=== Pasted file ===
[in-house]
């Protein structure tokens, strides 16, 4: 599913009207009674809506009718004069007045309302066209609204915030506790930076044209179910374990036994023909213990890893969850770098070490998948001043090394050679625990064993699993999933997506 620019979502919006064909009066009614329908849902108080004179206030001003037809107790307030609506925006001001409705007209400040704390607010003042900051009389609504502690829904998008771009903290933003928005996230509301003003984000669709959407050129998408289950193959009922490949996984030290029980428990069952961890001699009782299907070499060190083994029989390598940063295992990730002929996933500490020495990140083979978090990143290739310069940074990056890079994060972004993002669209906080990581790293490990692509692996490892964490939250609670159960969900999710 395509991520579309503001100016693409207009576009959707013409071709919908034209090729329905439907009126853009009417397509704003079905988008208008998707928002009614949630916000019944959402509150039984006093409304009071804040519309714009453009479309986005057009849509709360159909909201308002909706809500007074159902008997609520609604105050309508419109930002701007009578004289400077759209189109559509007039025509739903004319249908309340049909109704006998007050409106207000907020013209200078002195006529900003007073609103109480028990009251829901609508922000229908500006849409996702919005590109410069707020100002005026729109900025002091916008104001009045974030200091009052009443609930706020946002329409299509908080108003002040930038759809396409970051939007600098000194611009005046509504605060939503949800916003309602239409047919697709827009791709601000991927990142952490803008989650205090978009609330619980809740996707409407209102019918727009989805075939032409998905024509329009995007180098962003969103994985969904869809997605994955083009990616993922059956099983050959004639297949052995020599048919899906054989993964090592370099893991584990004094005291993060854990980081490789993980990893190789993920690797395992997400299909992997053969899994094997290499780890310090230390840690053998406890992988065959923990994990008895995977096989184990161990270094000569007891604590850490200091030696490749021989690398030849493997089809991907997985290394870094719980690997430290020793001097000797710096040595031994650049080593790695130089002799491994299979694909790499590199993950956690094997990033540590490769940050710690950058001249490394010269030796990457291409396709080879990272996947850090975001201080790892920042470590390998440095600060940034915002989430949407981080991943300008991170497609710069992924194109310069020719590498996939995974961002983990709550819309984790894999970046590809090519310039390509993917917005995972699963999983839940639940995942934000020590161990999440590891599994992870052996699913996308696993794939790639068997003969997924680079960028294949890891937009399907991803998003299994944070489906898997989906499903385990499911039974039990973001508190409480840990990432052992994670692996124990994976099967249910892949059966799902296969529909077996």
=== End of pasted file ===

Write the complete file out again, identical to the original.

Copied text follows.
[in-house]
């Protein structure tokens, strides 16, 4: 599913009207009674809506009718004069007045309302066209609204915030506790930076044209179910374990036994023909213990890893969850770098070490998948001043090394050679625990064993699993999933997506 620019979502919006064909009066009614329908849902108080004179206030001003037809107790307030609506925006001001409705007209400040704390607010003042900051009389609504502690829904998008771009903290933003928005996230509301003003984000669709959407050129998408289950193959009922490949996984030290029980428990069952961890001699009782299907070499060190083994029989390598940063295992990730002929996933500490020495990140083979978090990143290739310069940074990056890079994060972004993002669209906080990581790293490990692509692996490892964490939250609670159960969900999710 395509991520579309503001100016693409207009576009959707013409071709919908034209090729329905439907009126853009009417397509704003079905988008208008998707928002009614949630916000019944959402509150039984006093409304009071804040519309714009453009479309986005057009849509709360159909909201308002909706809500007074159902008997609520609604105050309508419109930002701007009578004289400077759209189109559509007039025509739903004319249908309340049909109704006998007050409106207000907020013209200078002195006529900003007073609103109480028990009251829901609508922000229908500006849409996702919005590109410069707020100002005026729109900025002091916008104001009045974030200091009052009443609930706020946002329409299509908080108003002040930038759809396409970051939007600098000194611009005046509504605060939503949800916003309602239409047919697709827009791709601000991927990142952490803008989650205090978009609330619980809740996707409407209102019918727009989805075939032409998905024509329009995007180098962003969103994985969904869809997605994955083009990616993922059956099983050959004639297949052995020599048919899906054989993964090592370099893991584990004094005291993060854990980081490789993980990893190789993920690797395992997400299909992997053969899994094997290499780890310090230390840690053998406890992988065959923990994990008895995977096989184990161990270094000569007891604590850490200091030696490749021989690398030849493997089809991907997985290394870094719980690997430290020793001097000797710096040595031994650049080593790695130089002799491994299979694909790499590199993950956690094997990033540590490769940050710690950058001249490394010269030796990457291409396709080879990272996947850090975001201080790892920042470590390998440095600060940034915002989430949407981080991943300008991170497609710069992924194109310069020719590498996939995974961002983990709550819309984790894999970046590809090519310039390509993917917005995972699963999983839940639940995942934000020590161990999440590891599994992870052996699913996308696993794939790639068997003969997924680079960028294949890891937009399907991803998003299994944070489906898997989906499903385990499911039974039990973001508190409480840990990432052992994670692996124990994976099967249910892949059966799902296969529909077996």